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The long awaited clarification on taxation of cryptocurrency has been brought in the Finance Bill 2022. Virtual Digital Assets (VDAs) will be taxed at 30%. VDAs mainly include crypto currencies, non-fungible token (NFT), etc. Prima facie, this excludes digital gold, central bank digital currency (CBDC) or any other traditional digital assets, and hence aimed at specifically taxing cryptocurrencies.

The VDAs will be taxed at a special rate of 30% of the gain on sale of such assets. Benefit of basic exemption limit is also not available. No deduction in respect of any expenditure other than cost of acquisition shall be allowed. Also, TDS at 1% shall be deducted on the transaction value from 1 July subject to certain conditions.

Let’s decode the above provision with some examples. Ram Kapoor acquired cryptocurrency A in July 2020 for 5,000. Suppose, Ram transfers this cryptocurrency A for 65,000 in August 2022 and TDS deducted is 650. The gain will be determined as 60,000. Tax at 30% plus cess will be payable i.e. 18,720. Of this, 650 TDS has already been deducted. Hence, balance tax payable in this transaction will be 18,070.

It is pertinent to note that the above announcements made in the Finance Bill are progressively applicable from 1 April onwards. Assume that the crypto currency A is valued at 45,000 as on 3 February. Ram should transfer the crypto currency A at 45,000 and book profit of 40,000.

Considering it as short term capital gain for the FY 2021-22, the tax will be payable for this transaction based on slab rates. Assuming total income of Ram is within the basic exemption limit of 2,50,000, no tax is payable on this transaction. If he wants to continue holding the crypto currency A, Ram must acquire it again at the prevailing price of 45,000. Now as in above example, suppose he transfers this crypto currency A for 65,000 in August 2022 and TDS deducted is 650. The gain will be determined 20,000. Tax at 30% plus cess will be payable i.e. 6,240. Of this, 650 TDS has already been deducted. Hence, balance tax payable in this transaction will be 5,590. Hence, Ram is able to save tax of 12,480.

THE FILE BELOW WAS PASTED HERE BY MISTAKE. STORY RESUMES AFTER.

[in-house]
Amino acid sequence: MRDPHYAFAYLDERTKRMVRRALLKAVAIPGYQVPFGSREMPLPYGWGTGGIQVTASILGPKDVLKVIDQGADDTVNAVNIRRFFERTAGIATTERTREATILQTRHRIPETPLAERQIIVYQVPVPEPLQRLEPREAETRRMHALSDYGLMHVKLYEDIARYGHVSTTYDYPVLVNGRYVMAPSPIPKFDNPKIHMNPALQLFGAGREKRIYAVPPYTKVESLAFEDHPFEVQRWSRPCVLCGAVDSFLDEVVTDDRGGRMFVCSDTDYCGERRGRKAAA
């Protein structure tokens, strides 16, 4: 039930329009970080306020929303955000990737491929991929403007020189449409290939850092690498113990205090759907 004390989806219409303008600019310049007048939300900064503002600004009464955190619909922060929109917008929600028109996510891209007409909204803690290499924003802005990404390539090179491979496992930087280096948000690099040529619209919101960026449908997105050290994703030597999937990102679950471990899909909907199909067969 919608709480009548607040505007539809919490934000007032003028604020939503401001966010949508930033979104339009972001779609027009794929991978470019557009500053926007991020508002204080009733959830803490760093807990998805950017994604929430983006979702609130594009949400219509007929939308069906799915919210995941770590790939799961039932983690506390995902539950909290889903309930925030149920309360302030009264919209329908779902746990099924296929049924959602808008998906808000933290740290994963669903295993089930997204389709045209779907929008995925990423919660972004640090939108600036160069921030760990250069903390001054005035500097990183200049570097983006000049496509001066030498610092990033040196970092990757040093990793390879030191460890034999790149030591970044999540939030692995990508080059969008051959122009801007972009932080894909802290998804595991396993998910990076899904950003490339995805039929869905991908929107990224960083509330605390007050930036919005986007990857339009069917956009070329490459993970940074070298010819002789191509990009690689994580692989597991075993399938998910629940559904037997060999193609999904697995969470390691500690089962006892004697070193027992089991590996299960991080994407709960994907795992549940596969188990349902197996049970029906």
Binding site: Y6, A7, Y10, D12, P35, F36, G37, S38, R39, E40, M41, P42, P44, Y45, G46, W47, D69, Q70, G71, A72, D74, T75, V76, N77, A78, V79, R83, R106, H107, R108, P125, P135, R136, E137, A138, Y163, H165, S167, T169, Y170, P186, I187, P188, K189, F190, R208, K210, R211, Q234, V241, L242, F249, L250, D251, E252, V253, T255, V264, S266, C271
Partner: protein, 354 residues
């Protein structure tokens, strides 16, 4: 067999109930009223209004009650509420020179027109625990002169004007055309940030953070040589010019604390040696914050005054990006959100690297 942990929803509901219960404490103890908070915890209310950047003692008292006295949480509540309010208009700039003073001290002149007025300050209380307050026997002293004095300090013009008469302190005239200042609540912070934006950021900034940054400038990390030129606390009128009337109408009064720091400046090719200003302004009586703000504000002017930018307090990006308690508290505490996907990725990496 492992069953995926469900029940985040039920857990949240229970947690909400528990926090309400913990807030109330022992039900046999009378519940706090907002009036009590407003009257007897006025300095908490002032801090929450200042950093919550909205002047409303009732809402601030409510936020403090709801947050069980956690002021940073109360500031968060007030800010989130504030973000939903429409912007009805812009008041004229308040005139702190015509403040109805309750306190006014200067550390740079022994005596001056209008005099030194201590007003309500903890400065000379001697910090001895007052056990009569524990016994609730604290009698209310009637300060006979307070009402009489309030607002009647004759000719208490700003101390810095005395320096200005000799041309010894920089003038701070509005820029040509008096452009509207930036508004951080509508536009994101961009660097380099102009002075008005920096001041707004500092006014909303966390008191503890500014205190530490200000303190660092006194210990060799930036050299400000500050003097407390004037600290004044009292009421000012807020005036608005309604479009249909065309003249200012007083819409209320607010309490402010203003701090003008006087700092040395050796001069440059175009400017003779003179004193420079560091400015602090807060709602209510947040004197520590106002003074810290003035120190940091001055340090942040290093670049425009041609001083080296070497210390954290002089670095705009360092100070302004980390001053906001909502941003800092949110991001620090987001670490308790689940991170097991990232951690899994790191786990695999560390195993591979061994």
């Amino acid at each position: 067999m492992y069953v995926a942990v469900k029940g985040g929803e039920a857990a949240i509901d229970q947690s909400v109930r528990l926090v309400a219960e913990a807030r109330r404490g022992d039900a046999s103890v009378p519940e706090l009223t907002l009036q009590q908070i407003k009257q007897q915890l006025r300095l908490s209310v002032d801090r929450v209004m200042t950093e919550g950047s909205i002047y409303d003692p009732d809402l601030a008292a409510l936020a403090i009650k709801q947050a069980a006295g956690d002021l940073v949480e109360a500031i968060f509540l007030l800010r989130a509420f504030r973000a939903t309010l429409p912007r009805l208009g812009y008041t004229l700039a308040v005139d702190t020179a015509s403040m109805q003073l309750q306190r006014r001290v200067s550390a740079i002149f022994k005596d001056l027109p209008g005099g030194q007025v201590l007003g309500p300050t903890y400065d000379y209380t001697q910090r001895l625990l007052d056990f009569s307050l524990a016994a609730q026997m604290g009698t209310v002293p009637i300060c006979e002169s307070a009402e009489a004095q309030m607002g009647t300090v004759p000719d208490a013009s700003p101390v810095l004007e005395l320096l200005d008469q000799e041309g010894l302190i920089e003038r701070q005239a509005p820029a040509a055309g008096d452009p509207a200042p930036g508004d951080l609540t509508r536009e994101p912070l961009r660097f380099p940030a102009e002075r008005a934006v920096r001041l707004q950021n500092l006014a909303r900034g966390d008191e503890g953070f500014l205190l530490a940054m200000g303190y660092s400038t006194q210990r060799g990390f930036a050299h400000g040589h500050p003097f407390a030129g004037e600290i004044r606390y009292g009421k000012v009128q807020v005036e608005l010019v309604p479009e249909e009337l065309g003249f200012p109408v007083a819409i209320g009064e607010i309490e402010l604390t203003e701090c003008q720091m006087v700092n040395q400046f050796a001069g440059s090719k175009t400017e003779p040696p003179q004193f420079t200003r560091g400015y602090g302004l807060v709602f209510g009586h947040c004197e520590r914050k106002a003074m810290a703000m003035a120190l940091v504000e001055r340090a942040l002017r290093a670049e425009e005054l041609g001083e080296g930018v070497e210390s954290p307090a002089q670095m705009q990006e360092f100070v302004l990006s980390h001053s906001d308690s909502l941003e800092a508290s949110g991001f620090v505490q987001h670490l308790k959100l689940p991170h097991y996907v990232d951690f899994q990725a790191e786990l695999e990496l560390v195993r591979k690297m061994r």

The loss on transfer of VDAs will not be set off against any income. Gains on crypto cannot be set off against loss on shares. Also, crypto losses will not be eligible for carry forward to subsequent years. While there is some debate on this, my interpretation is that the ban on set off also extends to adjustments between crypto trades. For instance, Govind transfers crypto currency X at a gain of 50,000 and in the same year he transferred cryptocurrency Y for a loss of 35,000. He believes that he must pay tax on net gain of 15,000 only. This belief of Govind is not correct. Tax on gain of 50,000 is payable at 30% plus cess. The loss incurred on transfer of crypto currency Y cannot be set off or carry forward. TDS is to be deducted on the transaction by the transferee form the payment consideration if the value of the transaction exceeds 10,000. For certain specified person this limit is increased to 50,000. These specific person include :

(i) Individual or HUF with any income other than income from business / profession

(ii) Individual or Hindu undivided family with :

a. business turnover less than less than 1 crore

b. professional fees less than 50 lakh

For example, Sampad transfers crypto currency B to Asif for 48,500 on 6 June 2023. Asif is salaried person and does not have any income from business / profession. Hence, he is specified person as per condition (ii) stated above. Accordingly, he is not required to withhold TDS from the amount payable and he can make the full payment of 48,500 to Sampad.

It is pertinent to note that the TDS provision is applicable even where consideration is wholly / partly in kind or in exchange of another virtual digital asset.

Nitesh Buddhadev is founder of Nimit Consultancy.

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